Short and Sweet this week, with only 8 titles from DC. Big premiere for Madame Xanadu and James Robinson’s Superman, curtain close for Mike Carey’s Crossing Midnight – and me going ga-ga over Kelley Jones! Can’t Miss!


(Steve Niles / Kelley Jones)

How did i ever miss the first issue of this? The Twin Masters of Horror themselves Niles and Jones working on Batman at the same time?

In my mind there’s few other artist who can surpass Kelley Jones’ horrific take on the Dakr Knight and the city of Gotham. Here he’s at his career’s best, expertly playing with the shadows and the light, inking his own work and sweating over every detail of his composition and style. Niles of course gives him all the space he needs to breathe and do his own thing, although Jones can expertly make even your standard dialogue scene in a police office shine with a moody use of light separations.

Yes, I do have the hots for mr Jones, move along now!



(Mike Carey / Jim Fern / Jose Villarubia)

Final Issue. Mike Carey’s epic story of a twin brother and sister divided and set against each other by the traditional Gods of blades and inanimate objects reaches its conclusion here with the ending of the war and the ultimate confrontation between the siblings.

Carey had set up a remarkable drama machine here: pitting the amnesiac assassin sister against her brother, making her believe he’s really a face-stealing murdering spirit – you know that can’t end well. The ending Carey chose is even more tragic than I was expecting, really shocking me into focus, as elements from throughout the series crystallise. The series was canceled before its time, but Carey managed to wrap things up impressively without any sense of haste seeping into the script. He surprisingly leaves things a bit open ended to a potential sequel, so let’s hope the trade sales and word of mouth help this title make an eventual return.



(Matt Wagner / Amy Reeder Headley)

The newest young hopeful launch from the legendary Vertigo imprint attempts a return to the family’s roots, with a mature readers look at a forgotten C-rate DC character. Matt Wagner (Mage, Grendel, Trinity) writes, with a young artist bringing a mainstream Manga aesthetic (hey I hate using that incorrect term too, but it paints the picture easily).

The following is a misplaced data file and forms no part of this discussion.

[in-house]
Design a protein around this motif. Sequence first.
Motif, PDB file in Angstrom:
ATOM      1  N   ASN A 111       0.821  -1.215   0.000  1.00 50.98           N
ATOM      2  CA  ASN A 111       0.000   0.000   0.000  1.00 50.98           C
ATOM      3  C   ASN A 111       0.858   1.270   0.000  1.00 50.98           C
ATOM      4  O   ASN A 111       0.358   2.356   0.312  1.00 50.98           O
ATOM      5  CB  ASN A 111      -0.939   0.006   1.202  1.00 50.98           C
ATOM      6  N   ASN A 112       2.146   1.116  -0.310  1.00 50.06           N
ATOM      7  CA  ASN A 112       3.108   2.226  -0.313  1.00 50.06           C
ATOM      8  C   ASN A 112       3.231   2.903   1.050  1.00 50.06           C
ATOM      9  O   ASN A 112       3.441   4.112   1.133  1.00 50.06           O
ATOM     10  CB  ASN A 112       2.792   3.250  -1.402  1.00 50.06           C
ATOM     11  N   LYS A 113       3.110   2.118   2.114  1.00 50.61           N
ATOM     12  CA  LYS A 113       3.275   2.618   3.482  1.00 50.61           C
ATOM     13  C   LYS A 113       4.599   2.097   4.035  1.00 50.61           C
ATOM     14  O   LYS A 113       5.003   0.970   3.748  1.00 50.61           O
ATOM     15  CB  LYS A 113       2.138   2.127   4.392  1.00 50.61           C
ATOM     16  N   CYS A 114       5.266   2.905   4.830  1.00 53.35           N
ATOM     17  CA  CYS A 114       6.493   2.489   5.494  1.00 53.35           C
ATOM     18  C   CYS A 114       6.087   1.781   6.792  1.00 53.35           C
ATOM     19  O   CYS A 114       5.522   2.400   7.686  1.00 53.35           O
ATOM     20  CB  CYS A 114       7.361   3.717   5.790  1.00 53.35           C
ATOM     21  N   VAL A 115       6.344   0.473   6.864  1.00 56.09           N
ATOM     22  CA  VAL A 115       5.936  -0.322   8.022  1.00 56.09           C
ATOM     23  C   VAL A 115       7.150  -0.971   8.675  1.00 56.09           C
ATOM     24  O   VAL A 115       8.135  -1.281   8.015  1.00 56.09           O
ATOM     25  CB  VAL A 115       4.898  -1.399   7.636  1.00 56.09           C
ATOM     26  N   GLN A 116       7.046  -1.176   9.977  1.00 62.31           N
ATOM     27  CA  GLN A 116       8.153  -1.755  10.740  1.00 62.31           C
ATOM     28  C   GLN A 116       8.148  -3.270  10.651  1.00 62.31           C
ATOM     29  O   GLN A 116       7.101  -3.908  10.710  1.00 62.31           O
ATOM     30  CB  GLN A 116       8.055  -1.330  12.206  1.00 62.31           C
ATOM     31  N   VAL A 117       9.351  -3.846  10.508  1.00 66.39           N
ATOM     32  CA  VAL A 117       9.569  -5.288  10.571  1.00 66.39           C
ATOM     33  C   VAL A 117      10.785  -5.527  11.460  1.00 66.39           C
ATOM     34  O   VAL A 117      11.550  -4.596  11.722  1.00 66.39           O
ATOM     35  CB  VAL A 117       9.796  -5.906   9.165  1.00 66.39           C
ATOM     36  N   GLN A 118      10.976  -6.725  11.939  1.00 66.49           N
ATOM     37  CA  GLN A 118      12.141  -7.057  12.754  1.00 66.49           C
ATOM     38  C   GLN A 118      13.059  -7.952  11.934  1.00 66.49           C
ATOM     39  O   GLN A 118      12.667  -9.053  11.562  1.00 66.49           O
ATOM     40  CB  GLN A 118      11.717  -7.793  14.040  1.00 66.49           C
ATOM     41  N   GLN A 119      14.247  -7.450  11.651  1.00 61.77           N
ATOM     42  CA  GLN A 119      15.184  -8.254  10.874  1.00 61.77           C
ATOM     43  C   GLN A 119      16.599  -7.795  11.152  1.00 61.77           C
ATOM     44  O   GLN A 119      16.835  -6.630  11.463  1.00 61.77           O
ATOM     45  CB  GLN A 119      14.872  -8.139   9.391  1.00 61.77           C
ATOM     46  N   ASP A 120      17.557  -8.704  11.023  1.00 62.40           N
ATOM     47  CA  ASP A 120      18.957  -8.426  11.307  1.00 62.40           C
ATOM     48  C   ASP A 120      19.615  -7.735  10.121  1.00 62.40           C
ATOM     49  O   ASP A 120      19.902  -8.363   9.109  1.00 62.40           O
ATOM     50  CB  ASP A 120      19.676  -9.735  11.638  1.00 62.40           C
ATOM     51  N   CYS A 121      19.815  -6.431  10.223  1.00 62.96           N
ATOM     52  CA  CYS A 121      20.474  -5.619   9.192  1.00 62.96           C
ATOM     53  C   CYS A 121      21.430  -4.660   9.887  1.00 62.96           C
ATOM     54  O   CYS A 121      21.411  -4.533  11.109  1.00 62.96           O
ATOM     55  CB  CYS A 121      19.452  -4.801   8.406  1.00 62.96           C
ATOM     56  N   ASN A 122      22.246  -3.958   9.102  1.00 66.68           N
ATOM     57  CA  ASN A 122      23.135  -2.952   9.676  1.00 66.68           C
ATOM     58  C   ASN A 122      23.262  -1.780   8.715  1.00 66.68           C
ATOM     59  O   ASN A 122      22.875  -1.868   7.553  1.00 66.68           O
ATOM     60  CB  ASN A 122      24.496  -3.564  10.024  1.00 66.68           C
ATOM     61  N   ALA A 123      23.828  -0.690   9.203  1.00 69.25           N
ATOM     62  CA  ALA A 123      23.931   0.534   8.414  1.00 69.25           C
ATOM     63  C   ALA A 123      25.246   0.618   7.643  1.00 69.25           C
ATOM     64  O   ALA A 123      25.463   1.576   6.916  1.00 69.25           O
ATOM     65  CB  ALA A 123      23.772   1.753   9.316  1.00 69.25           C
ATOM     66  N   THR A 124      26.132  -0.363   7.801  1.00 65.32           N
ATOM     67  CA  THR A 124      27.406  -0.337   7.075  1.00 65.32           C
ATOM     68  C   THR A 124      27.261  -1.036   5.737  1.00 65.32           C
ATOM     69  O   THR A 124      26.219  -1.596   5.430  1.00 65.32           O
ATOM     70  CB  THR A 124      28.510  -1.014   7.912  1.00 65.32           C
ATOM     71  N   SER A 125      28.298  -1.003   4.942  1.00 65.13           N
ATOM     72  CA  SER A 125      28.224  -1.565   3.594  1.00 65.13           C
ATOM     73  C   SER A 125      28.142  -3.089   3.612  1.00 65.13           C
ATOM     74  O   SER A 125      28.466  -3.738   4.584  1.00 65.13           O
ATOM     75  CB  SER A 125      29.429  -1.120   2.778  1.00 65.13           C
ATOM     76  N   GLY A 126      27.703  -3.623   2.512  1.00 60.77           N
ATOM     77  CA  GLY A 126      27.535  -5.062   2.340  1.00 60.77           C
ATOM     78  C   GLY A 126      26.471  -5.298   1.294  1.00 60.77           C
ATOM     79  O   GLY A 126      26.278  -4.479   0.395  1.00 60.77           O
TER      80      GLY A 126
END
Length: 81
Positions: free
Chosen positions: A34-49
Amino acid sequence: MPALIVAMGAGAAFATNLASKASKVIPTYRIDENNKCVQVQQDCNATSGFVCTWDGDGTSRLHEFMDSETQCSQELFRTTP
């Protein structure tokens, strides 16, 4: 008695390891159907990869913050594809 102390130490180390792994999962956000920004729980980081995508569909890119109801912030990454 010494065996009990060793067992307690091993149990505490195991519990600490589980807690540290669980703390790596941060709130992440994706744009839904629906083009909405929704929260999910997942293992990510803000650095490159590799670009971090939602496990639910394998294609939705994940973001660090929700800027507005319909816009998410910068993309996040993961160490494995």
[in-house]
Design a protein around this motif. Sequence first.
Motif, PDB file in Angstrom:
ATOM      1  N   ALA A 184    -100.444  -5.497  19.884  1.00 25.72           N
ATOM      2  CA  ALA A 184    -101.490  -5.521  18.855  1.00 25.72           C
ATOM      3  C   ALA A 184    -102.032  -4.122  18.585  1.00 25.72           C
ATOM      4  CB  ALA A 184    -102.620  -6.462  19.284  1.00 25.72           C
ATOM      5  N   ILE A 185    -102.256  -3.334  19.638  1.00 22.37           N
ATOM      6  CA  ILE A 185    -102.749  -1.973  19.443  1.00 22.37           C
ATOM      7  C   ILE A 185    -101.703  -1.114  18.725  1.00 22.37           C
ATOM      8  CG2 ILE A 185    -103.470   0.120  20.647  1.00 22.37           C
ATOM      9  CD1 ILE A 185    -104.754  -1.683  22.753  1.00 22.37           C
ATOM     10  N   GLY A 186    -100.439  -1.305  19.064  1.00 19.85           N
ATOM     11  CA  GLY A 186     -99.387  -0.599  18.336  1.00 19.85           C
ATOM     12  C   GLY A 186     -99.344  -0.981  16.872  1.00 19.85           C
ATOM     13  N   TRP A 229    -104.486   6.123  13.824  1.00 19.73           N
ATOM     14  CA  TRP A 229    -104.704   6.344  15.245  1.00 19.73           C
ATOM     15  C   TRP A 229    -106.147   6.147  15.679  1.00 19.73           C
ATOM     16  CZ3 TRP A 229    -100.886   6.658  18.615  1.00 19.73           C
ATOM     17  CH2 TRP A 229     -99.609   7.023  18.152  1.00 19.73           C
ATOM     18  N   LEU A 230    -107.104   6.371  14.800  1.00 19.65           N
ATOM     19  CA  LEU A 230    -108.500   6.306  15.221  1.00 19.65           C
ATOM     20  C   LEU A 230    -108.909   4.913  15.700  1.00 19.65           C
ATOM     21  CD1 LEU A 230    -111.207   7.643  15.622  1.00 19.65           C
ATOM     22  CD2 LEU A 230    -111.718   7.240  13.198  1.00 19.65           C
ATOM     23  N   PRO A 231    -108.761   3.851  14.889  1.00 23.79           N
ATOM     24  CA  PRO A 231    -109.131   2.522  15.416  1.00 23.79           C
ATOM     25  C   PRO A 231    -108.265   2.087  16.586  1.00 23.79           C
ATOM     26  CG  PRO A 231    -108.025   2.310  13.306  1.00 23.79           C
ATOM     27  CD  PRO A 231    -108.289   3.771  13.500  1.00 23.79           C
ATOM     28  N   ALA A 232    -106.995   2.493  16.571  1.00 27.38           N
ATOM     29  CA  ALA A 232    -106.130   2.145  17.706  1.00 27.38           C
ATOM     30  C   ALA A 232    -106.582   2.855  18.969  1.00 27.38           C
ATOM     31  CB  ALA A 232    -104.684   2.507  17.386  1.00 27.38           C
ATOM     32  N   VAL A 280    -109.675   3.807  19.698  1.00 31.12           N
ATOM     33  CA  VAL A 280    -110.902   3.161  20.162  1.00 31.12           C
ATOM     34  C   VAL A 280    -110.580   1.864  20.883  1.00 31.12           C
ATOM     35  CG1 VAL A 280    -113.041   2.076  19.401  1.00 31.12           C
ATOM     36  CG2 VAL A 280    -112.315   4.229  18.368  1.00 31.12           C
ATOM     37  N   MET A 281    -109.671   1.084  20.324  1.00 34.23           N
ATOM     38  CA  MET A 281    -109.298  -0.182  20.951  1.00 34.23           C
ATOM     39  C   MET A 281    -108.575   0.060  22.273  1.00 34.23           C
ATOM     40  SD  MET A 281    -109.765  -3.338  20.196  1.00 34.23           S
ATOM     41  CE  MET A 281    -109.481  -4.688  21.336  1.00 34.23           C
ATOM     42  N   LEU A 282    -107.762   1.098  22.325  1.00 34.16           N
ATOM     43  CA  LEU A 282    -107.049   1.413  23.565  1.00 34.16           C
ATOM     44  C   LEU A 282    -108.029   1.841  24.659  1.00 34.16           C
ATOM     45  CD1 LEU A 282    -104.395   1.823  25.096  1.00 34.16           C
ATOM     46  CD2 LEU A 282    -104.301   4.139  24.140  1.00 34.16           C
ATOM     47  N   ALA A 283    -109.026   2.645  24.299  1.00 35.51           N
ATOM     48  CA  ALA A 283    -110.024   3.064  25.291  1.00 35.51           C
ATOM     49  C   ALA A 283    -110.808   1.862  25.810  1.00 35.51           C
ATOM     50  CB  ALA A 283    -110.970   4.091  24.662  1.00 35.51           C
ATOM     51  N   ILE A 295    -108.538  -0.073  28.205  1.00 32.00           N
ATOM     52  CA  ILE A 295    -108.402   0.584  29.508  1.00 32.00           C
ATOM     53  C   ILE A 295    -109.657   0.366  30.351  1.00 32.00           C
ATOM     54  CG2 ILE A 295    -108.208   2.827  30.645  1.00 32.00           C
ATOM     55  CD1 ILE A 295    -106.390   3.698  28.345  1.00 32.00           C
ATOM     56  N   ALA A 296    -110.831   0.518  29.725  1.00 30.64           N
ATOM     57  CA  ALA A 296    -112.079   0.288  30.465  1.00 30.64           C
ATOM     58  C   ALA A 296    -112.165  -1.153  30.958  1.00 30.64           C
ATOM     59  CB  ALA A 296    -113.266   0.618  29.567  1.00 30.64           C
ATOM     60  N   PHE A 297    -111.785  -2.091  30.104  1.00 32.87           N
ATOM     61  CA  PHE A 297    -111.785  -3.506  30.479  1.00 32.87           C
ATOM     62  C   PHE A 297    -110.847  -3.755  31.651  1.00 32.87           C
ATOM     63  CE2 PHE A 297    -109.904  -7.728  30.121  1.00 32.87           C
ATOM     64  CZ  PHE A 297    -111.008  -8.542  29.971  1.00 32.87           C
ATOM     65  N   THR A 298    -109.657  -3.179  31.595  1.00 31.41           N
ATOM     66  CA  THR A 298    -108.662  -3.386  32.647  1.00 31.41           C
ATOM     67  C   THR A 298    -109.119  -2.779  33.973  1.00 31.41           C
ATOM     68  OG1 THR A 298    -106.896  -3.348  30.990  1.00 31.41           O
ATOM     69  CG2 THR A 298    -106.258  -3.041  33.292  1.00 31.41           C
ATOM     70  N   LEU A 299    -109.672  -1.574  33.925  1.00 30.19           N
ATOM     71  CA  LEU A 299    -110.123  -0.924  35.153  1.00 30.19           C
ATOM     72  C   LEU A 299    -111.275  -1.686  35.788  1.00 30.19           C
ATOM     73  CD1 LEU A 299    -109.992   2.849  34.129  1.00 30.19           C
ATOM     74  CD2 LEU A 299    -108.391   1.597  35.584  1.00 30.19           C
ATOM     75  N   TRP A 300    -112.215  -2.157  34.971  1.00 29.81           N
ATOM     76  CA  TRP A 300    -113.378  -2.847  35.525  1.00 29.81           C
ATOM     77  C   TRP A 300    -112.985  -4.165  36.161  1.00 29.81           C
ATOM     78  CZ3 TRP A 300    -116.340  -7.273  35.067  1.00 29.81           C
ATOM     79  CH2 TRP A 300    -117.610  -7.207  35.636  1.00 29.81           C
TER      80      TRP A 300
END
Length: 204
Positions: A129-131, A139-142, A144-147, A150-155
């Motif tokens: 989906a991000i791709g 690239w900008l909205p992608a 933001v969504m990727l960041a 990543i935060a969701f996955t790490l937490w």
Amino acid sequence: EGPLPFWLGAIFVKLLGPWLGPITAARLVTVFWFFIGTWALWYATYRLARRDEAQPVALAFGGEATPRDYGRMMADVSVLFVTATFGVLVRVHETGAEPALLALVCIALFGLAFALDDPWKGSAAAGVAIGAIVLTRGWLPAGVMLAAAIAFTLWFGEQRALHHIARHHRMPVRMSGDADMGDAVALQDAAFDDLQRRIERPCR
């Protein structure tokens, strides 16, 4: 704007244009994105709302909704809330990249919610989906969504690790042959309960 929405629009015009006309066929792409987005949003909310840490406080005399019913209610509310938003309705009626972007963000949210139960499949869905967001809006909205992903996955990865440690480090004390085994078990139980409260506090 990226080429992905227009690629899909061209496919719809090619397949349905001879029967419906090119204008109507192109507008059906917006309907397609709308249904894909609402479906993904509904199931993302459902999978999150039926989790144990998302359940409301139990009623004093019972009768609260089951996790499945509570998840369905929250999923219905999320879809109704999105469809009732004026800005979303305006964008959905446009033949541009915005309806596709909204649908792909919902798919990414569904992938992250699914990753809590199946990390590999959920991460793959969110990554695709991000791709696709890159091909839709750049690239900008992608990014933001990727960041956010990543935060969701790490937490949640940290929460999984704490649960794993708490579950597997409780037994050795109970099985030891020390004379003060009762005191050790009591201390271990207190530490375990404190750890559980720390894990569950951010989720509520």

We don’t actually follow Madame Xanadu (who is hardly even mentioned in this opening issue, leading to much confusion), but a young(ish) nymph Nimue in the time of Camelot, who leads a merry life, talking to trees, hanging out with her flying smurf friends, visiting her nasty Queen sister Morgana and -ahem- spending ‘quality time’ with an evil necromancer?

Nothing has grabbed me so far; the title feels more like a mainstream DC take on Camelot than a true Vertigo take – it’s not the violence, it’s more the feel of the art and the quality of the plot. I hope i’m proven wrong next issue, but this isn’t a title i’m willing to follow just yet.


(Grant Morrison / J.G. Jones)

I don’t feel I can do this multi-layered super-drama justice through a capsule review (well, not even through a normal review. Check out my boy Joel La Puma’s very detailed and insightful review of the issue here.

I’ll just say, I’m enjoying this book a lot, it is certainly more complex than what is going on in Secret Invasion, but it still lacks on one crucial Summer Event factor: excitement/f-anticipation.

Sure i’m enjoying this, and I’m sure Morrison is going to wow us by the end of the story and we’ll be looking back and rereading this for decades, but… I don’t find myself eagerly waiting the next installment, I still haven’t had a wow moment (especially with Barry Allen’s return spoiled by an online press release following DC Universe #0 2 months ago), it’s not rocking my world the way Infinite Crisis did 2 years ago.